How to Stay Top of Mind With Your Existing Customers
Customers now expect every transaction to be part of a larger, more meaningful relationship
We know that the record sales we’ve enjoyed in recent years cannot—and will not—continue much longer. Soon, dealerships may have to look elsewhere for ways to maintain their revenue and profitability.
Fortunately, the best path forward is already right in front of you. Or, better put: The best path forward puts you in front of the customers you already have.
By staying top of mind with your existing customers, you become their go-to for parts and service. And they become the fixed-ops solution to your sales-revenue shortage.
A recent report indicates that a 5% increase in customer retention can yield a 75% increase in revenue. So, how do you get in front of those customers—and stay there?
See every sale as something more
Studies indicate that 60% of consumers have higher expectations for customer service than they did just a year ago. It’s so easy to interact nowadays that customers want every transaction to be part of a larger, more meaningful relationship. In fact, they expect it.
As a result, dealerships can’t be the same as they were a few years ago. They can’t just sell cars—they have to be socially conscious members of the community, too.
And they have to be human. That means ditching the faceless corporate communications and meeting customers where they live, at the right time and with the right message.
Find the right channels
There are many different ways to connect with customers, but what you need to know is how your customers want to connect with you.
Your best bet is to ask them during the purchase process, but even if you don’t manage to capture their preferences then, you don’t have to guess blindly. Demographics can tell you a lot about how your customers connect with the world.
Younger generations tend to focus heavily on social media and texting. Gen Xers, however, still use email as their primary communication tool, whereas baby boomers and older generations prefer phone calls and direct mail.
Of course, these aren’t hard and fast rules, just jumping-off points. It will take a bit of experimentation to dial in your strategy based on your specific audience.
Social media, in particular, can seem daunting, simply because there are so many options out there. You don’t need to use them all, however.
You need only use the ones where you’re seeing the most engagement. Make “follow” requests part of your sales conversations, and see which channels are most popular with your particular audience.
Remember, you will need customers to opt in to text- and email-based communications, so make sure you get their permission before you reach out. You can use your CRM to keep track of permissions and preferences, as well as any other information (birthday, relationship status, sold date, etc.) that will help you personalize future communications.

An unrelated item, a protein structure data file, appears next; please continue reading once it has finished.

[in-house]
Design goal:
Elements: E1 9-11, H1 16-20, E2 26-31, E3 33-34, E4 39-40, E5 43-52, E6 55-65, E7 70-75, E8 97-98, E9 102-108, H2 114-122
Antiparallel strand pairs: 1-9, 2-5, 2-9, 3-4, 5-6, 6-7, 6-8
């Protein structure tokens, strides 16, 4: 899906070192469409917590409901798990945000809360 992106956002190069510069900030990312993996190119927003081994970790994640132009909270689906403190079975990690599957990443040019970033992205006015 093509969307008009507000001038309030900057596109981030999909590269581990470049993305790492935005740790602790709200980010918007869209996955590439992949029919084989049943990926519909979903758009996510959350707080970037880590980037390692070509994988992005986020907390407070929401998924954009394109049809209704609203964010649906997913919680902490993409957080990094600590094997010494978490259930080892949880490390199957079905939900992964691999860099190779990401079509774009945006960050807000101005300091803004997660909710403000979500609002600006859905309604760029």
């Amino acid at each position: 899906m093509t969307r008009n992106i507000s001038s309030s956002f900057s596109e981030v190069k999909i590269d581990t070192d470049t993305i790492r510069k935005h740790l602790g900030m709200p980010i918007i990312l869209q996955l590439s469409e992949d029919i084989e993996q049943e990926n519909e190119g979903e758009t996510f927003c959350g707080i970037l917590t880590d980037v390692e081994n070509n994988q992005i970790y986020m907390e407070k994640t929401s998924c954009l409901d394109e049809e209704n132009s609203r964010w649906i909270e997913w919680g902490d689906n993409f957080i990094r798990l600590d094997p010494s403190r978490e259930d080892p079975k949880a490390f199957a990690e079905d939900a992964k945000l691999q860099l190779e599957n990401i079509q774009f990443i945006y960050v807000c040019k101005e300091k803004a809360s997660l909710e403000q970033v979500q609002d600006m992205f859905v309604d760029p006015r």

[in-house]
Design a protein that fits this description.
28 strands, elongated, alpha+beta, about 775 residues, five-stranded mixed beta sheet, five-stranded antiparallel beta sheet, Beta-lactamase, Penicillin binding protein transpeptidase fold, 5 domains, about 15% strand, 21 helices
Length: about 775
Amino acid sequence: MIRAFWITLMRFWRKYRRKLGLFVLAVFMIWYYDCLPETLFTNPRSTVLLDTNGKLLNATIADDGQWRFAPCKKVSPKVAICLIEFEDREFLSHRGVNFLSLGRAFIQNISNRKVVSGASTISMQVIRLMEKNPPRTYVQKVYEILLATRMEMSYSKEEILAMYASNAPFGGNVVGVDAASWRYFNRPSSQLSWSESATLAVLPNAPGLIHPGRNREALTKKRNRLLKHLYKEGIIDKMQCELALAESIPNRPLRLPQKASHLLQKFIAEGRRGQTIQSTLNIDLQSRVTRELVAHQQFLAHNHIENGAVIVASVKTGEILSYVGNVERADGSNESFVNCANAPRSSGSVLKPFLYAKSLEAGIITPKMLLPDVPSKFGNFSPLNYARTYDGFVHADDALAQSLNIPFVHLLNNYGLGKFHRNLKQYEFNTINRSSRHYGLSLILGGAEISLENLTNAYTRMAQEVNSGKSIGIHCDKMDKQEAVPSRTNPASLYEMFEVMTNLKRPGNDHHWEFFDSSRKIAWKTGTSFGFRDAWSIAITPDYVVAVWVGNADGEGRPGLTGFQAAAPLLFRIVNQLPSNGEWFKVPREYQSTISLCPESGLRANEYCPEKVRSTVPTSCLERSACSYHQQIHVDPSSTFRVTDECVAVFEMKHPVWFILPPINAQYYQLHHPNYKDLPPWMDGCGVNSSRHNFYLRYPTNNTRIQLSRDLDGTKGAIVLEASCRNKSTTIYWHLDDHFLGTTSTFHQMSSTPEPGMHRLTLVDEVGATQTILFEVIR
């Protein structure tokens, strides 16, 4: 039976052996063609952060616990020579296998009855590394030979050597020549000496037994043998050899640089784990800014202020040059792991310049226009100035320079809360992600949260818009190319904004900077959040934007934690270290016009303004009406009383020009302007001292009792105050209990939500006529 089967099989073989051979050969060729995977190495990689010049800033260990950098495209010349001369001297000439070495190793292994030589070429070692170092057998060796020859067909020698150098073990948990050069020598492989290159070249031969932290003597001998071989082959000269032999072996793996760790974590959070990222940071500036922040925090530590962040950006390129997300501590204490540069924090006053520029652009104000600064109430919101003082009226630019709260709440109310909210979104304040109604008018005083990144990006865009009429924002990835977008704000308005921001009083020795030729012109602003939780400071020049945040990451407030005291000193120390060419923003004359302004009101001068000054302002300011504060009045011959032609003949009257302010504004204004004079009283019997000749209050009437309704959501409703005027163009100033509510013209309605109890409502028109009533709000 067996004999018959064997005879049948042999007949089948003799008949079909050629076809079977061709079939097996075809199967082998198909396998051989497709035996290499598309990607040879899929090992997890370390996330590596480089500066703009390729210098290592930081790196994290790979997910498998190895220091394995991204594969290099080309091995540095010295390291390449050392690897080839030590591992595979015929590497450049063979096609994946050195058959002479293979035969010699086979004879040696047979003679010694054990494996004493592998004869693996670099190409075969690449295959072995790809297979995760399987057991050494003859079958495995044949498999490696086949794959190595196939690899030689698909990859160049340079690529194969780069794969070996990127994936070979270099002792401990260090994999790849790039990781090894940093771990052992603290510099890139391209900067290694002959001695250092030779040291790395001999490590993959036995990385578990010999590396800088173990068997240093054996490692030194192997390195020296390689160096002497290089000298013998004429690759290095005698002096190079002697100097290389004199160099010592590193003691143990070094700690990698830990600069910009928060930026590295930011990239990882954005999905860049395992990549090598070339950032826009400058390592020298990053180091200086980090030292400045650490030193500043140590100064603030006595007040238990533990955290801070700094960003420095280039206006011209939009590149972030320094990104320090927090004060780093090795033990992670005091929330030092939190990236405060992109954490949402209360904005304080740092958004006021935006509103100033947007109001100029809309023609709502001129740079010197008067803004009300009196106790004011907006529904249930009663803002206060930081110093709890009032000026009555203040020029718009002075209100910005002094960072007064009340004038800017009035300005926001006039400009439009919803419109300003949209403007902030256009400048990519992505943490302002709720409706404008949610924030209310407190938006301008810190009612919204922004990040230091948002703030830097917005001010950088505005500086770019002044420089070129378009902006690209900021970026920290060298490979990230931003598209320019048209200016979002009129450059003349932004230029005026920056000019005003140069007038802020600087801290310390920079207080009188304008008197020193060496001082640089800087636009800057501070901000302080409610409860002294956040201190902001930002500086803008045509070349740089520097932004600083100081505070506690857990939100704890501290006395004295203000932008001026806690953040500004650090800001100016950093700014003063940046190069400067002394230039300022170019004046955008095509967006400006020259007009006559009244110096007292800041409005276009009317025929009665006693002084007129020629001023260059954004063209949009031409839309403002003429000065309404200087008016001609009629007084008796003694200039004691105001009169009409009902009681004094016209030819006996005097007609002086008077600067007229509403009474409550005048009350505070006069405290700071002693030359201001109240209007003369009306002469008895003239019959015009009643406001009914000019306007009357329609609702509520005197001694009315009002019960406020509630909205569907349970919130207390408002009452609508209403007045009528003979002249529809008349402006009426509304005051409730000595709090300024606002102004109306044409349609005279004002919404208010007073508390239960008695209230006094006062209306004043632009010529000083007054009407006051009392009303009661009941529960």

Get the timing right
Once you’ve identified the channels that work best for your audience, you have to nail the timing. Contact customers too frequently, and they’ll get annoyed or tune out entirely. Reach out too rarely, and it’ll feel random.
Connecting once a month is a good rule of thumb, but you should also make note of special circumstances that will make your messages feel particularly relevant. This is where personalization starts to come into play. By sending a card on customers’ birthdays or on the anniversary of their car purchase, you show that you care about them as people, not just potential sales.
Customized, well-timed maintenance reminders can also go a long way toward reinforcing your relationship. Down the line, when you send an email asking if they’re ready to look at newer models, they’ll already be warm to your approach.
Make your message meaningful
In this era of increased connectivity, consumers are sensitive to being seen as just another sale. Make every message about your business, and you’ll quickly lose their trust.
Fail to tailor your communications, and you’ll come off as insincere. To build a genuine relationship with your customers, you have to be genuinely interested in who they are and what’s meaningful to them.
At the same time, your ultimate goal is to grow your sales, not your list of pen pals, so you have to be thoughtful in the mix of messages you convey. There are three basic types of messages you should send to your customer base:
- Stop in and spend. These are the maintenance reminders, service discounts, warranty-extension offers, and new-vehicle upgrade offers that bring customers back into the dealership.
- You might want to know. These messages spotlight the dealership’s local community involvement, or call attention to safety awards or recalls related to the customer’s specific car model.
- How’s it going? These are your birthday greetings, holiday wishes, and congratulations—casual, personal touch points that take your relationship beyond the transactional.
Own the relationship
The single element that ties together all three of these variables—channel, timing, and message—is you. You’re the constant across all of these communications. You’re the one customers grow to trust, and you’re the one they look for when they call or come into the dealership.
But that doesn’t mean you have to be the one creating every message. Lean on your marketing department, or seek out a college student or intern who is comfortable and familiar with social channels.
Just remember to make sure every message has value for both you and your customer. Once you’ve hit the sweet spot with your messaging, you’ll see it reflected in your sales and service revenue, customer lifetime value, online reviews, referrals, and social following.
Brian Schmid is the dealer marketing manager at VinSolutions.